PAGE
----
Todd asks: So after not hitting almost his whole minor league career, I haven’t seen Cito Culver’s name in a while. Has our former #1 draft pick been released?
Nope, he’s still in the system. Culver, who turned 23 on Wednesday, has spent most of the year as the everyday shortstop for Double-A Trenton, though he did also spend some time with Triple-A Scranton when they needed an extra infielder. He went into last night’s game hitting .199/.252/.276 (52 wRC+) in 381 plate appearances this year, which is, uh, not good. Culver is a career .227/.306/.312 (80 wRC+) hitter in over 2,600 minor league plate appearance since being the 32nd overall pick in the 2010 draft. Swing and a miss, that pick was. (To be fair, everyone wanted Nick Castellanos with that pick, and he’s stunk too, but at least he reached MLB.)
Michael asks: What do you see as Dustin Ackley‘s role once healthy for September? The playoffs? And for next year?
Same as Garrett Jones, basically. Except I imagine Greg Bird will get any backup first base reps — as well as any big left-handed pinch-hit plate appearances — in September and maybe even the postseason. I guess that leaves Ackley as the fifth outfielder who plays once or twice a week down the stretch, maybe less depending on the various postseason races. Next year could be a different story, especially if the team asks him to work at second base over the winter, which I think will happen. (It’s not a new position, he’d just be getting reacquainted with an old position.) I think the Yankees want to turn Ackley into their Brock Holt, the guy who plays semi-regularly to give everyone else a rest. Next year he could see time at second base, first base, and all three outfield spots, maybe starting two or three games a week. Assuming he hits a little, of course. That’s a big if.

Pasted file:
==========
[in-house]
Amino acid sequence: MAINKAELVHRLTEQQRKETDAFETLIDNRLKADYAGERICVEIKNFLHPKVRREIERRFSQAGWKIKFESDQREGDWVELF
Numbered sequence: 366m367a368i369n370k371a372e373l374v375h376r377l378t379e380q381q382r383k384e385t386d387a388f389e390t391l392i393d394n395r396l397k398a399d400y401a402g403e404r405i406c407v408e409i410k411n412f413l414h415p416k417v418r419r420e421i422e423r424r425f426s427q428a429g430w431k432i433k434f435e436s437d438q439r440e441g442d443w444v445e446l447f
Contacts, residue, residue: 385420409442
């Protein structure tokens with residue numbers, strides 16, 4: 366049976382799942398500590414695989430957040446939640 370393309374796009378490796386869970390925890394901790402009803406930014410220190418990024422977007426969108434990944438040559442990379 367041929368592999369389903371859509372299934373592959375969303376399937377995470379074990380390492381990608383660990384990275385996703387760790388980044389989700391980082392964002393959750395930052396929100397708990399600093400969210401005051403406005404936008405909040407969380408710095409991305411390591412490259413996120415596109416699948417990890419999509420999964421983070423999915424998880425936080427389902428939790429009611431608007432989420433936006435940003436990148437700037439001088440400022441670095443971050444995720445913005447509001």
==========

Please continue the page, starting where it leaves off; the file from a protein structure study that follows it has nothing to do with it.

Geoffrey asks: What about Ben Gamel? Aaron Judge obviously attracts the most attention, but Gamel is clearly having a very impressive year in AAA. How do you think he fits into the Yankees’ plans? Trade chip?
Gamel’s having a fantastic year. A breakout year, really. The team’s tenth round pick in 2010 hit .276/.352/.392 (112 wRC+) at mostly High-A two years ago and .261/.308/.340 (80 wRC+) at Double-A last year, but this season he’s hitting .304/.360/.474 (140 wRC+) for Triple-A Scranton. Gamel always had a promising hit tool, the question was his power, and it’s taken a step forward this season. He went into last night’s game with nine homers after hitting two last year and ten total from 2011-14.